One of the things I wrote about was my hatred of gossip and about how I automatically don't trust people who constantly gossip about others. And that's true. But I don't hate it because I'm somehow above everyone else and never gossip myself. I do. I sometimes gossip when I'm feeling hurt or attacked, or I feel the urge to lash out or belittle someone in the eyes of other people. 

I think the real reason I hate it so much is because when I gossip it exposes something dark in me that I despise. Plus, it also exposes my massive insecurities.

For me, personally, recognizing that darkness in myself makes me want to avoid situations and topics where I'm prone to gossip. Not everyone feels the way I do about it, and that's totally okay because it's a personal thing. In my own journey, though, I have come to realize the hard way how powerful the spoken and written word can be.

Things people (even friends) have said about me have often gotten back to me without their knowledge, so it stands to reason that things I say about someone else could easily get back to them. It really hurts when you realize people you thought cared about you have said mean, sarcastic or belittling things behind your back. It's a big trust-breaker for me. In my heart, I know I don't want to cause lasting hurt over my momentary feelings, so I have decided to try my hardest to avoid gossip. Like I said, it's a personal thing.

There are things I've said about people in the past that I truly wish I could take back, but we all know that words can't really be taken back. Once they're out there, they're out there. I seem to put my foot in it fairly often and I've offended more people than I know, I'm sure, with the overflow of my heart coming out of my mouth (or out of my written words).

I've begun to try to really take the above Scripture to heart--not just in the area of gossip, but also in every other area where my words can have an effect. I have stopped posting about politics (because I generally don't have good things to say about anyone in that arena), and generally about most of my negative feelings. Taking the overflow of my heart seriously also makes me more aware of what I say to my kids and my husband out of my frustration, too. 

In the coming year, as part of my "resolutions" (hate that word), I really want to work on what's in my heart and having as much love and kindness in there as I can, so that whatever flows out of it will be as anger-free or hurt-free as possible. Words are powerful. We've all experienced their power in positive and negative ways. Positive definitely feels a lot nicer, though, don't you think?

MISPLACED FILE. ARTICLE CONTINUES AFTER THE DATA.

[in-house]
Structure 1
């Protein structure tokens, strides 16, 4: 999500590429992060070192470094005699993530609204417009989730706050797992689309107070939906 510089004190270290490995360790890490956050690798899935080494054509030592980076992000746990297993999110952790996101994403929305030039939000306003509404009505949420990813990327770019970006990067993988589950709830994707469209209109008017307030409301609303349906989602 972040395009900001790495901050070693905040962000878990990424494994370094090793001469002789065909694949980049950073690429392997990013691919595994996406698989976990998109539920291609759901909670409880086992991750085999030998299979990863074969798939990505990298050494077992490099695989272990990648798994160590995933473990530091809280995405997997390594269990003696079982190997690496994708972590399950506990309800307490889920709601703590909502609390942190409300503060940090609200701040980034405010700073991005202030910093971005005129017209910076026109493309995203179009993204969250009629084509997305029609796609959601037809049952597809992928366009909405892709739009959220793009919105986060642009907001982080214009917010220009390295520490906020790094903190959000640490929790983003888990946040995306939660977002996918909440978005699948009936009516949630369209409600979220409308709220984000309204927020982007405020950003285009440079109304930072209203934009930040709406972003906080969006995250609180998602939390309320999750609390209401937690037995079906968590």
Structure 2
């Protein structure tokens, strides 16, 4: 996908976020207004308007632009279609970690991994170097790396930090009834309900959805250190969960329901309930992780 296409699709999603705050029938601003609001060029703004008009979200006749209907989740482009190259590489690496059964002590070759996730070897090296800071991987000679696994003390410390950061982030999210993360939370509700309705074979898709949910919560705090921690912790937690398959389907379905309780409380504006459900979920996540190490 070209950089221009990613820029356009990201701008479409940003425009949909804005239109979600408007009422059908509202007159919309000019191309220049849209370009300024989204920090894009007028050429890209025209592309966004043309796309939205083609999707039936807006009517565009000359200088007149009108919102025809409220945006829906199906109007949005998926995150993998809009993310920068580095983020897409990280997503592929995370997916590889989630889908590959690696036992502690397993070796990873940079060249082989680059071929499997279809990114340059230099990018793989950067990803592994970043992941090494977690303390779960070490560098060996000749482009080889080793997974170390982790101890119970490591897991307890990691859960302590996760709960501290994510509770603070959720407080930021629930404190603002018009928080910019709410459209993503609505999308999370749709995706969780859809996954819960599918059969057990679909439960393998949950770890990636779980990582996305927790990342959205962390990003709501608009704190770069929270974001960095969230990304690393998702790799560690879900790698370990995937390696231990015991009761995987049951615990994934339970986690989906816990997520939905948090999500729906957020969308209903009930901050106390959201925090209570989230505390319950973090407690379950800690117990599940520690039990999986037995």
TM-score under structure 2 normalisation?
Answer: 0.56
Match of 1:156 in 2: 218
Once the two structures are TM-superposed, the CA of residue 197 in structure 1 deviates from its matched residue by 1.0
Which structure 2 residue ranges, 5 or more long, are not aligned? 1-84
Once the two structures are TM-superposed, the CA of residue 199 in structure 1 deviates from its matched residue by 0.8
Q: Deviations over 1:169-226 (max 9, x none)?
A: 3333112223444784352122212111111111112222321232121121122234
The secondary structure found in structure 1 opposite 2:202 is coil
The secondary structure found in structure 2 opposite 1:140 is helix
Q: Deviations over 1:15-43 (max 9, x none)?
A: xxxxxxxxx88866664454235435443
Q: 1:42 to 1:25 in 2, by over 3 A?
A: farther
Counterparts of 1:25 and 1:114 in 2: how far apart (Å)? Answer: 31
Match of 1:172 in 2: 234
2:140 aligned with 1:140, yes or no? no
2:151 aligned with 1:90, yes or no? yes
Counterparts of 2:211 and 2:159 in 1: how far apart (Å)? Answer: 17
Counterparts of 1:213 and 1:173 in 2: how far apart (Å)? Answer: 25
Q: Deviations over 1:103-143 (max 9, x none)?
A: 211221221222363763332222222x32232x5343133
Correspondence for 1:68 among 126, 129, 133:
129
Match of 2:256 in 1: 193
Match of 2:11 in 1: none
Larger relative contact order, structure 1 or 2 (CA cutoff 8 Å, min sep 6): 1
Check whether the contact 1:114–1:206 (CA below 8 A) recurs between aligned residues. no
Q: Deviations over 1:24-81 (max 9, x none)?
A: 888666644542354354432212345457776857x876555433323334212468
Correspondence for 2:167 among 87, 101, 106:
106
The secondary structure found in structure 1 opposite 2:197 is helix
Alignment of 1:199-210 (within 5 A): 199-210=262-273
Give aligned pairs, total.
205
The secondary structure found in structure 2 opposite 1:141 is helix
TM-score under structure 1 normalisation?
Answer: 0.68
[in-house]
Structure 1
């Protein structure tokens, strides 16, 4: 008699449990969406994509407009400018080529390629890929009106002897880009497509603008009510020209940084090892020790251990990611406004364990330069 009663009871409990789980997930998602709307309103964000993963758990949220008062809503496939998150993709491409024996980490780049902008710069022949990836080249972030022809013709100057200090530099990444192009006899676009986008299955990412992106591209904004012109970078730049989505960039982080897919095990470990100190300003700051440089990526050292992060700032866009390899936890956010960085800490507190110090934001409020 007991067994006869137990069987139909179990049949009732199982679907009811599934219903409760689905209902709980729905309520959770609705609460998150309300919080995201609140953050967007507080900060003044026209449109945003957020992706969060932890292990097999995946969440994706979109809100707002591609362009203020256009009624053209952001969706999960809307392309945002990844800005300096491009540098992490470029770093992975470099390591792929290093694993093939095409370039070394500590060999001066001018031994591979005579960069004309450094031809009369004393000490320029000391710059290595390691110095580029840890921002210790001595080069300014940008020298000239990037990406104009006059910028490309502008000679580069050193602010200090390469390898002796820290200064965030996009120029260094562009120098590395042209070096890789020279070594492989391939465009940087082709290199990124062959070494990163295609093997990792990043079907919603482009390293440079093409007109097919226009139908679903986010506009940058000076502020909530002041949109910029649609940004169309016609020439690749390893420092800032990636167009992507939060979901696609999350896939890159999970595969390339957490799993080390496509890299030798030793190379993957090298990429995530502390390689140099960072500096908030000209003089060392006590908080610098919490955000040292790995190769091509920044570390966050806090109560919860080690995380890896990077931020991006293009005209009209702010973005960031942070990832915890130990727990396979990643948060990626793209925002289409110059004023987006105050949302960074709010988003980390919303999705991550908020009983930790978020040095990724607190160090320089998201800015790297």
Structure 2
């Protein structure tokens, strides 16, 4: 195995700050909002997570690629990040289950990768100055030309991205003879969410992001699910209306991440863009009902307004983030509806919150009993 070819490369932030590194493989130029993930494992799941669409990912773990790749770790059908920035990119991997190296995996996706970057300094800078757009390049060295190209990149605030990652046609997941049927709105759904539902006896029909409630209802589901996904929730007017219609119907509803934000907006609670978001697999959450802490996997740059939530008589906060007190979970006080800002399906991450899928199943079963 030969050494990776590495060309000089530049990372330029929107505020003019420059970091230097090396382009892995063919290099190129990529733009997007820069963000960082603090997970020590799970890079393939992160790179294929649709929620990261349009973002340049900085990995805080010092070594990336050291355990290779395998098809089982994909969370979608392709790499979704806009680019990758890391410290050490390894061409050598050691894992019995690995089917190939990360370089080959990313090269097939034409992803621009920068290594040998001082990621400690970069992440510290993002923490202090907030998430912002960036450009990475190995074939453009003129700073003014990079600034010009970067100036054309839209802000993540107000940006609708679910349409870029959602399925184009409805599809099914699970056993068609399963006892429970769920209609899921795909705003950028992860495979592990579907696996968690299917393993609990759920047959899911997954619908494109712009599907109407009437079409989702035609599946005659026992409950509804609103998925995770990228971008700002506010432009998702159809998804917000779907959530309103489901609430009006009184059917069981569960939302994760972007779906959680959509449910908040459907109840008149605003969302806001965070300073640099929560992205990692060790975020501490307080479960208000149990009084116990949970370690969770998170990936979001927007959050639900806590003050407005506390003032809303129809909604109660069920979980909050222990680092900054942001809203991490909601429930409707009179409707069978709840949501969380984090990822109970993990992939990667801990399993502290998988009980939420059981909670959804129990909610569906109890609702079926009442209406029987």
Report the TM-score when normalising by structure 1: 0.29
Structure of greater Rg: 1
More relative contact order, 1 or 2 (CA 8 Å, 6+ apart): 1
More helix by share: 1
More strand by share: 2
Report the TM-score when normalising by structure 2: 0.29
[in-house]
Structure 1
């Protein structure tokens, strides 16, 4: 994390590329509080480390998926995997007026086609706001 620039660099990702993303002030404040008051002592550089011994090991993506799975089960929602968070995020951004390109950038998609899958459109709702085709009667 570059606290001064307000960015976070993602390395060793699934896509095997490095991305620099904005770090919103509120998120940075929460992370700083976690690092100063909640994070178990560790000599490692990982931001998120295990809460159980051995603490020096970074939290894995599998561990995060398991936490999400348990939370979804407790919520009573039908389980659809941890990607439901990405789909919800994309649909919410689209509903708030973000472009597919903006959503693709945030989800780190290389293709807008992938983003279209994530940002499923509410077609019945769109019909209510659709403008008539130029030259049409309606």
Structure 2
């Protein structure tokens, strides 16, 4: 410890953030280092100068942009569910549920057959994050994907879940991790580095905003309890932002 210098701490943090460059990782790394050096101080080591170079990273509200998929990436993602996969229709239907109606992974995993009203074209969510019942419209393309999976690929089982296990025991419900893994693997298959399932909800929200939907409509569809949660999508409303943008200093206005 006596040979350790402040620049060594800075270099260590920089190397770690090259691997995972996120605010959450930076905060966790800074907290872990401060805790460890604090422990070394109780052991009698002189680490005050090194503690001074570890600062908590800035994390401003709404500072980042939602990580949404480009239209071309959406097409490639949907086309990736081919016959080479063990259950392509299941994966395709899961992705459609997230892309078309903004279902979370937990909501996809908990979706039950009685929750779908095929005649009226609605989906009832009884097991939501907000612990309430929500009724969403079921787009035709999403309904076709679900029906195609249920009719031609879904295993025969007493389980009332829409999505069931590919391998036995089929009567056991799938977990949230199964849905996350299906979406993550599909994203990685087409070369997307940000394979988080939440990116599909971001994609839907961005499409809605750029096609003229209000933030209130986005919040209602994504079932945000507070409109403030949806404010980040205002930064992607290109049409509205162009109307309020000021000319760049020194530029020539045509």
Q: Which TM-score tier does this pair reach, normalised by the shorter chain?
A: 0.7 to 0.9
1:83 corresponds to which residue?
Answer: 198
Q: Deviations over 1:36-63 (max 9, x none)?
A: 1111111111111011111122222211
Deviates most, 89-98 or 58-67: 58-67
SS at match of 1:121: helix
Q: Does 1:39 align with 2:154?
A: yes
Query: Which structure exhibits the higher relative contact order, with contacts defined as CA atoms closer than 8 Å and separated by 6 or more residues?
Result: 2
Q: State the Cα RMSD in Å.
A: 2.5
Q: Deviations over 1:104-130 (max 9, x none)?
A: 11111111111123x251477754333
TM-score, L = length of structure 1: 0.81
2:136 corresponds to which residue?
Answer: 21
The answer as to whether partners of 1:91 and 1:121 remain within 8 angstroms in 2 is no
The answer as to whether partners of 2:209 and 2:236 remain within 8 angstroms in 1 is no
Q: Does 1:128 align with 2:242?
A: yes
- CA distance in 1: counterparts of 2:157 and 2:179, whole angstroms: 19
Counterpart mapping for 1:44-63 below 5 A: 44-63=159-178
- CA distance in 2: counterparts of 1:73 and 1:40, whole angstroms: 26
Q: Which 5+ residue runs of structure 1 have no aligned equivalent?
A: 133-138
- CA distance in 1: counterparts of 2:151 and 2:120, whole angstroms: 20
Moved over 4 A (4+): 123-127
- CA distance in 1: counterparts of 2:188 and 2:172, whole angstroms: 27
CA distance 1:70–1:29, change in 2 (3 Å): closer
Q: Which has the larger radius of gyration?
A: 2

"The tongue can bring death or life; those who love to talk will reap the consequences."
Proverbs 18:21

Tuesday, September 17, 2013

Divas Half Marathon--DC's Wine Country (My long, in-depth review)

I was really looking forward to this race because not only was it my first half marathon, but it was also going to be girl time, centered around running. My kind of fun! It was going to be the Divas organization's first race in the DC area, as well, so it sounded awesome.

After about a four hour drive, we arrived at our hotel, met up with a friend and drove together to the Divas race expo that was held at nearby Lansdowne Resort to pick up our packets. The resort didn't have enough parking for all the Divas, though, so we had to park on the street. The expo itself was around the size I expected, but the race had a lot fewer sponsors than most races that size do, so it didn't have a lot of shopping or selection available unless you really liked headbands. What they had was decent enough, though. The "stores" there didn't have much selection, though, and we had gotten there in the afternoon. I wonder what was available for those who came in the evening!

Picking up the bags that contained our shirts and bibs was pretty easy and straight-forward, but I was really surprised at how few freebies came in the bag. I've been in many other races half that size (and half that price--we payed $97, including the price and all fees) that have at least some samples--a bottle of water, an energy bar and a lip balm. Something! What did we get? Our bib, the race shirt and...safety pins? For just under $100? Boo. Thumbs down.

After we explored what there was of the expo, we went to dinner and hung out at the hotel. We had a great time together and we laughed a lot!

The next morning, we woke up before 5am to the sound of elephants stomping overhead (probably fellow Diva racers getting up and ready), so we got up. Once we were dressed, we realized that the hotel fridge was broken, so all of our expensive food that we were going to eat before the race had spoiled. Thankfully, Chick-fil-a was open, so we grabbed something quick and headed to the winery. The Divas coordinators had said that getting to the winery early would be a good thing because of traffic, so we left more than an hour to get the 8 miles to the winery. However, we sat in traffic FOREVER and we barely made it there for what would have been the 7:30 start. And there was still a massive line of traffic from both directions waiting to get into the winery. The winery is surrounded by tiny two-lane roads, so it would have been impossible to get all the 3,500 runners and the spectators into the parking area in enough time. Poor planning on the organizers' parts, but they've vowed to rectify that problem next year.

After parking in the field, we made our way quickly toward the entrance. There were four port-a-johns there, but there was also a long line of ladies waiting to use them. There were ladies running into the woods near the parking field because the race was supposed to start about 10 minutes after we arrived. However, someone told us there were more johns down by the starting line, so we headed there. When we got down the hill to the starting line area, there were a lot more bathrooms available, but there were also a lot more ladies waiting to use them. The number of bathrooms wasn't enough to handle the flow (no pun intended) of runners who were arriving late (because of the ridiculous traffic) and needed to use them.